The CGSE has four geotechnical science themes, each of which is linked to advanced computational modelling, state-of-the-art physical modelling and laboratory testing, and engineering applications. These fundamental science themes are described below.
The complexity in the behaviour of geomaterials is largely attributable to their granular nature and the presence of internal structure and multiple phases (solid, liquid and gas), as well as the marked influence of stress level and history.
Key innovations, involving all the nodes, include the formulation of new models for highly compressible soft soils, as found on seabeds and in estuarine deposits, as well as novel ground improvement methods such as vacuum consolidation. Challenging aspects being pursued include the unresolved problems of creep and thixotropy in geomaterials, the role of damage at the macro and micro-scales under static and cyclic loading, the fundamental mechanisms that govern rate-dependent behaviour, the mechanical response at ultra low effective stresses (crossing the solid-fluid boundary and linking, for example, with scour), and the micromechanical origins of cyclic instability. These mechanisms govern the life-cycle response of heavy haul road pavements and cyclically-loaded foundations.
Emerging geotechnical design problems span material behaviour beyond the domain of conventional soil mechanics. This behaviour is often governed by multiphysical processes that operate at different length and time scales. Examples include submarine slides, where geomaterials at high water content may transform into non-Newtonian fluids, and the influence of gas which can alter the response radically. Similarly, the frictional strength of soil-structure interfaces depends crucially on the contact micromechanics, varying by an order of magnitude with loading rate and accumulated displacement.
Key innovations in this Program are addressing the multi-faceted behaviour of geomaterials. This includes the development of thermodynamically-sound multiphase models and efficient computational algorithms for solving complex boundary values problems, such as those associated with soft seabed sediments, highly compressible estuarine clays, coupled thermo-hydro-mechanical phenomena, and the dissociation of gas hydrates. Sophisticated physical modelling, with visualisation of the deformation modes, is underpinning the development of the advanced computational algorithms for capturing the multi-phase material response. This synergy, which harnesses the strengths of the various geotechnical groups, is a major feature of the proposed CGSE and is being used across all the research Programs.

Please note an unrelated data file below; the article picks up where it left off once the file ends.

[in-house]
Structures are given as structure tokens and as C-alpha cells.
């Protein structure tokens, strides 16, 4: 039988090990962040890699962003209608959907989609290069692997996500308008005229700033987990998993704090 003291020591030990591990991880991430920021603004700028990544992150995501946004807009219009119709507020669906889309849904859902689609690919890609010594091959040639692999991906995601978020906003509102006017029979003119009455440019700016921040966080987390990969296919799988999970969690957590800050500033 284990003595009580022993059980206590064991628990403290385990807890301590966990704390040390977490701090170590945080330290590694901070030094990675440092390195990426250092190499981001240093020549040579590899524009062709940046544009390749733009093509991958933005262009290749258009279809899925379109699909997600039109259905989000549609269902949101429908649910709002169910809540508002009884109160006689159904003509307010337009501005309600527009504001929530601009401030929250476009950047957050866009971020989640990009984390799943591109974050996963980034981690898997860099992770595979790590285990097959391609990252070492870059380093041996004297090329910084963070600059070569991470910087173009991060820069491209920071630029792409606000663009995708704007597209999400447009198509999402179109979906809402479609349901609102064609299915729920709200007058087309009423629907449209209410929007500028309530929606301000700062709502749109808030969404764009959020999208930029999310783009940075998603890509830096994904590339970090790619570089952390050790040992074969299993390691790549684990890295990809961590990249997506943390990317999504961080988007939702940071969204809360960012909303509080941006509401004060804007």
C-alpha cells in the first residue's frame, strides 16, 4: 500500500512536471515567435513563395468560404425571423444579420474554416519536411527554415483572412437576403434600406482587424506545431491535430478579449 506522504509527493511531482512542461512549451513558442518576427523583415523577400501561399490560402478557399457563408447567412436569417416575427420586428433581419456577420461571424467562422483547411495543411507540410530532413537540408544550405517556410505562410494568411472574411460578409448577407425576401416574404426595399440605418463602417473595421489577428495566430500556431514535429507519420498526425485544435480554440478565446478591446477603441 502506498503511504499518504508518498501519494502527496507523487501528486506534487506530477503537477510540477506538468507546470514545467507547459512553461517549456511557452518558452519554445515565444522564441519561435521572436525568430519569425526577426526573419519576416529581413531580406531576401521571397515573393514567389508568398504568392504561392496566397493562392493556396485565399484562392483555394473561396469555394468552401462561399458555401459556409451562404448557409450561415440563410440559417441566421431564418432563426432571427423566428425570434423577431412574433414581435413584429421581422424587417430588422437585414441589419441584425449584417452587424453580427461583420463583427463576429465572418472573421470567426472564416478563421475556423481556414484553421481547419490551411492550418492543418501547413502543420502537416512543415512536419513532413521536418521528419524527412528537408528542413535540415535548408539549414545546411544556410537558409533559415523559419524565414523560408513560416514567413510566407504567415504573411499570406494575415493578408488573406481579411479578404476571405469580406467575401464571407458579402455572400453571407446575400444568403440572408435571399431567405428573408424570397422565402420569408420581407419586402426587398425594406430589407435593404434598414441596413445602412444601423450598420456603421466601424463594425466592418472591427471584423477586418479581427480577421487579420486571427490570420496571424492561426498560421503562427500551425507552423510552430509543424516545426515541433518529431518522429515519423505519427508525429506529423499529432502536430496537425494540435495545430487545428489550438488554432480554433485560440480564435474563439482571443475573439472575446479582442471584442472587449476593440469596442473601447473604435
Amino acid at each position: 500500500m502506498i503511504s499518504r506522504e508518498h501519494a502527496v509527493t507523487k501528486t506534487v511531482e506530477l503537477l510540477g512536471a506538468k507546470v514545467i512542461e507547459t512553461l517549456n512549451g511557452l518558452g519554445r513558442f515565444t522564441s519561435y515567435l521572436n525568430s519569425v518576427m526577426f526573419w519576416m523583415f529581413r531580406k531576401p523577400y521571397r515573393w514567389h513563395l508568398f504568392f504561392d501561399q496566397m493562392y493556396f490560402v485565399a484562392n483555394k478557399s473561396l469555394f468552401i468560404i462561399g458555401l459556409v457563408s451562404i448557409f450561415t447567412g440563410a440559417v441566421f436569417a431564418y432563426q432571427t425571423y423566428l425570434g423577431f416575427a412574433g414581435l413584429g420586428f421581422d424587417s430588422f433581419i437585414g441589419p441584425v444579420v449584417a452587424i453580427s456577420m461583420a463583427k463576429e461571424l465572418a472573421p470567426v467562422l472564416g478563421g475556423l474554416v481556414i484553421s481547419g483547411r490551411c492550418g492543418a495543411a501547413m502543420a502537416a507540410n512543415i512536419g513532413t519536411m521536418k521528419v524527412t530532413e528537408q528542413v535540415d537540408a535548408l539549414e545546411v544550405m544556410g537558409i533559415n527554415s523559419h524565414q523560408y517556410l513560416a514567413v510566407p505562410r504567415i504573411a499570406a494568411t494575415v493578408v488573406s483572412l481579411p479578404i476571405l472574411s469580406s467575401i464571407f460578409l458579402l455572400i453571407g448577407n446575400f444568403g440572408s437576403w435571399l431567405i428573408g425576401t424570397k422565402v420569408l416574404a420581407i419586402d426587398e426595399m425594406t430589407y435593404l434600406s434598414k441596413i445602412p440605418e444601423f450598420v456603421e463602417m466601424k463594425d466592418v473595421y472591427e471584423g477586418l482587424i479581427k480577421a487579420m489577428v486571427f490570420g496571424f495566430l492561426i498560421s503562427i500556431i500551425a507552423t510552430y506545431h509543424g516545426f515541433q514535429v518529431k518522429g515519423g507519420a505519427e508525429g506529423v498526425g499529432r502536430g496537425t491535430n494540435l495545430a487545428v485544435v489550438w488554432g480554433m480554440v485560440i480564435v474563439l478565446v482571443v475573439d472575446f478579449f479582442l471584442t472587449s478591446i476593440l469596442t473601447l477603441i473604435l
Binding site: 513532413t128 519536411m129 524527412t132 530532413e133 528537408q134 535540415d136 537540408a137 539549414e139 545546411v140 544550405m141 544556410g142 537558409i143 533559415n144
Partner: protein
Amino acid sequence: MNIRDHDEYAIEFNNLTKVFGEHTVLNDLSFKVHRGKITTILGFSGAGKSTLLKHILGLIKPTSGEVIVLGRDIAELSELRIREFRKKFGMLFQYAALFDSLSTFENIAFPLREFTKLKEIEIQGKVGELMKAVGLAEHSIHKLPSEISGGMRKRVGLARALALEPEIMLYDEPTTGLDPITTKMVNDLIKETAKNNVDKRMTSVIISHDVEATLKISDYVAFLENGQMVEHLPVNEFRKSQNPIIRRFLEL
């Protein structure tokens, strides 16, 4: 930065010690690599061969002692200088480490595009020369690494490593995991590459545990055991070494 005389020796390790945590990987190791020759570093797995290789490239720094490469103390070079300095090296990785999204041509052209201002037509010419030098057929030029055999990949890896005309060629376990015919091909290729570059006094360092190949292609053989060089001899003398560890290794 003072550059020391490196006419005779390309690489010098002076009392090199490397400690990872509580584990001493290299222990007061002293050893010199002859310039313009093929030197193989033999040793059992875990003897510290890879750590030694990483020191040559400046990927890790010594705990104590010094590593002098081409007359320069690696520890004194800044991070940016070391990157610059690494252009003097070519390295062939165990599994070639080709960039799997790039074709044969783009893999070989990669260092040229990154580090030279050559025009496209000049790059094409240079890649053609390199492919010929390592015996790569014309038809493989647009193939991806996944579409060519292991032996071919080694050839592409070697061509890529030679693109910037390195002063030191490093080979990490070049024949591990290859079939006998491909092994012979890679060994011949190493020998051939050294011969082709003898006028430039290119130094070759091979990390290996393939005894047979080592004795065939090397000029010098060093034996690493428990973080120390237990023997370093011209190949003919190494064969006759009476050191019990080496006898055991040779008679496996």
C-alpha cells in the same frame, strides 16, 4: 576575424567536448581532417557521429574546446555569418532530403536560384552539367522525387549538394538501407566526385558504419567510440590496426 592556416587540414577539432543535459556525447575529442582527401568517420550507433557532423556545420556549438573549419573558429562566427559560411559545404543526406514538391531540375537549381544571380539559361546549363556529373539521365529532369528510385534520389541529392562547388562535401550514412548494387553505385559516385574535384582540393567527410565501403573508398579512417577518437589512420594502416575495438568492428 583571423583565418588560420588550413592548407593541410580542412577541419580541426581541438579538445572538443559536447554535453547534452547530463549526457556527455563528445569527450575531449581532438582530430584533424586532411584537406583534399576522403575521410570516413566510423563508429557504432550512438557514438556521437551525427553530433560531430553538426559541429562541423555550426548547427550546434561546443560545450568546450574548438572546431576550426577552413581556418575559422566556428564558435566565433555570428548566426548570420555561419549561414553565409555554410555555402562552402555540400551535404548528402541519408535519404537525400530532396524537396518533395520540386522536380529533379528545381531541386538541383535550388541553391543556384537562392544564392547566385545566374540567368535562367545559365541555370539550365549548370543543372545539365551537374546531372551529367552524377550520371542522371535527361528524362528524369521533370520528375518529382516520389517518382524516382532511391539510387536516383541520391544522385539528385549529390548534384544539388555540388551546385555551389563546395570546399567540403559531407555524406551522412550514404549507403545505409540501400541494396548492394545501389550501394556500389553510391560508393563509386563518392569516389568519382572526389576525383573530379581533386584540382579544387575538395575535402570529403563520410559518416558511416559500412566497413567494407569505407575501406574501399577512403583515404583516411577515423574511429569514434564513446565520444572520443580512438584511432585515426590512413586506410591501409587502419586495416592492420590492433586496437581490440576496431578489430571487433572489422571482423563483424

Current best-practice in geotechnical design is focused on stationary systems and constant material properties, and aims to attain negligible movement under working loads. However, many new infrastructure applications require an entirely new design paradigm which allows the geostructure to move large distances during its design life. Important examples of this include submarine pipelines on soft sediments, the dynamic installation of anchors in seabeds, the installation of displacement piles, the use of penetrometers to measure the geotechnical properties of soils, and foundations on soft clays.
Key innovations in this Program include new analysis techniques that account for large deformations, soil-fluid-structure interaction, episodes of cyclic loading (and intervening recovery) and complicated interface behaviour. All three nodes in the CGSE have strong backgrounds in modelling complex boundary value problems, and are contributong to the development of novel techniques to simulate these phenomena. Moreover, the predictions from the advanced computational models will be compared against real behaviour observed in state-of-the-art physical modelling and field testing.
In response to industry and community demands, the modelling and management of geotechnical risk has become a major issue in the design of all forms of physical infrastructure. Indeed, the natural variability in geological deposits, coupled with the existing uncertainty in loading conditions and limited on-site data, make this a very challenging aspect for government authorities and engineering practice. There is a compelling case to extend traditional deterministic design procedures to a stochastic framework.
Key innovations in this Program include the development of new stochastic limit and shakedown analysis techniques to predict the load capacity of geostructures under static and cyclic loads, new methods for the stochastic modelling of wave-structure-soil interaction with application to offshore production rigs, and the risk-based prediction of slope stability and landslides and their effect on onshore and seabed infrastructure (such as pipelines). The Program draws on the numerical modelling strengths of the Newcastle node, the centrifuge and constitutive modelling expertise of the UWA node, the extensive cyclic loading knowledge of the Wollongong node, and the probabilistic modelling expertise of PI Griffiths at Colorado to provide a rational and complete treatment of this challenging topic.